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Evading the evils of e-mail

E-mail is billed as a productivity tool, but there are times when it is difficult to decide whether it is supposed to work for or against you. by Graeme K. Le Roux

The first problem with e-mail is its unreliability. Frequently, users don't get mail, can't read it and/or can't be certain the mail got through, or the e-mail bounces back and is flagged as undeliverable. Addressing these problems starts with your Mail Exchange (MX) record; this is the DNS record which tells other systems on the Internet or your internal Intranet if you use a DNS service on it where to send e-mail for a given domain.

In essence, an MX record is a list of mail server names which other mail servers will try to send mail to, starting at the top and working down. The first entry in an MX record will be your primary mail server and the second will usually be your ISP's mail server. This means that if someone sends you e-mail, it will go to your mail server unless that server is unreachable (Internet link down, mail server off-line or busy, etc.), in which case it will go to your ISP's mail server, which will eventually relay it to your server.

Your primary mail server's job is to send and receive external e-mail and to forward e-mail between internal mail servers. The primary mail server may also act as a translator between Internet-based SMTP and proprietary internal systems like MS Exchange or other standards-based system like a host-based X.400-based system.

It is the secondary e-mail servers, which might be departmental or site based, that host users' mailboxes. With this sort of system design, both internal and external users will always be able to send mail because there is always a place to forward it, unless all secondary servers are disabled an unlikely prospect.

Having multiple servers also reduces the processing load on any one server and thus minimizes delivery delays. Secondary servers can be set to provide automatic delivery acknowledgements.

Two other common e-mail problems are mail servers that place a limit on message sizes and mail clients that cannot support complex message formats. One way around this is to encourage users to keep attachments under a megabyte in size, and send multiple attachments separately. If users need to deal with multiple attachments on a regular basis, then compression software, like WinZip, can be used to reduce the bulk size.

To address format issues, stick to simple SMTP/MIME encoding with either text or HTML formatted messages. In addition, use a consistent

e-mail system for both servers and clients to eliminate most of the problems resulting from users not being able to read mail.

Configuring Security
Enforcing security is the next biggest problem for e-mail systems. Since e-mail provides a path for information to leave your company en masse, the advantage of the system design illustrated here is that the company's primary mail server becomes a single point at which you can log all messages' source, destination and content.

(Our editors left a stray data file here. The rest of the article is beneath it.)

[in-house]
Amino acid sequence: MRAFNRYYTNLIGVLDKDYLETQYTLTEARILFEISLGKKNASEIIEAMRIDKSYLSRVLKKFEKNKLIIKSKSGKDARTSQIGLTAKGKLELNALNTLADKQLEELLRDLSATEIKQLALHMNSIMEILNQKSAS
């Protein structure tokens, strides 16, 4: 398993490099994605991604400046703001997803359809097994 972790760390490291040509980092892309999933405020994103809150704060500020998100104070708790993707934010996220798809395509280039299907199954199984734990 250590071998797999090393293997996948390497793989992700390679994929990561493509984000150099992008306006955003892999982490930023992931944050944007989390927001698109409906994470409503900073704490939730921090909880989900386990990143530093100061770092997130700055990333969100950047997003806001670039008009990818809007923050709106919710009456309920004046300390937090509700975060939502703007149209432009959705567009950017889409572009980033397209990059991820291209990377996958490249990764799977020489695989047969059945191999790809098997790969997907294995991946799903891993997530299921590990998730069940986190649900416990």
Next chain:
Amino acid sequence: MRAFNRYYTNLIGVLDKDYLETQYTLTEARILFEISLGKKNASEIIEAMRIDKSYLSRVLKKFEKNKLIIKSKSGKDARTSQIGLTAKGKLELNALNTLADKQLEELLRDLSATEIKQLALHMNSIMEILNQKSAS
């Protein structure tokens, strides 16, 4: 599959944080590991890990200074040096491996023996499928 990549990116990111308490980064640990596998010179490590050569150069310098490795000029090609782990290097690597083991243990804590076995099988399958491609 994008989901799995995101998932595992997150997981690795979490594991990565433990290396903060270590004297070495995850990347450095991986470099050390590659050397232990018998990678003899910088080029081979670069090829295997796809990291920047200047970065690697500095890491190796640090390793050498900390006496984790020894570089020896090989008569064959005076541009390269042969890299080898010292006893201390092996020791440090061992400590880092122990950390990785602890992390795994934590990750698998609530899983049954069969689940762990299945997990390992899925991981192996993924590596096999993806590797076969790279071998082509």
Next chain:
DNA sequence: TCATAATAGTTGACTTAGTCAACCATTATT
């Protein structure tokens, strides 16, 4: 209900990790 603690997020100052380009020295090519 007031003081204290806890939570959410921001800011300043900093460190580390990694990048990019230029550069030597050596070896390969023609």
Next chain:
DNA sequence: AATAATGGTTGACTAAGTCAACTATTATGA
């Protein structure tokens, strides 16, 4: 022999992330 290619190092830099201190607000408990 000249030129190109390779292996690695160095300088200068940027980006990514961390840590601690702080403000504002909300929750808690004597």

Logging won't stop users from compromising company information, but it will allow you to do damage assessment and have some idea of who sent what to whom. Publicizing the fact that all e-mail is logged will also discourage users from using e-mail for unauthorised propagation of sensitive, defamatory or offensive information.

Your primary mail server is also the point at which you deploy your virus wall, which checks all e-mail messages against a database of virus patterns. It is important to configure your virus wall to scan all mail messages whether from external or internal sources. Further, having an infected workstation send a virus to one of your clients could be embarrassing.

Nevertheless, no matter what measures you take, expect to get a virus sometime, like when a virus is newer than your virus definition file. Thus, besides ensuring regular virus updates, what is also important is that you can isolate and remove infections preferably without taking the entire network off-line.

The procedure to kill an e-mail borne virus in the network is described in the box. This procedure will work no matter how badly infected your network is.

In addition, there are other configurations that can be done to the e-mail system to help contain virus infections, or at least slow them down. First of all set mail clients such that they do not automatically execute attached files, like VB scripts, and .exe files. Such files should be first saved to disk and scanned. A policy that sets email clients to prompt users to save the attachment before running them can help reinforce this message. Another good practice is to set applications, like MS Word, to prompt users before launching macros.

In addition, set all your mail servers to delay forwarding mail to the primary mail server every couple of hours rather than immediately. This way, a virus which infects one of your secondary mail servers will take between, say, two and four hours depending on the delay you set to propagate to another one. This gives you time to discover the virus and stop propagation by shutting down your primary e-mail server.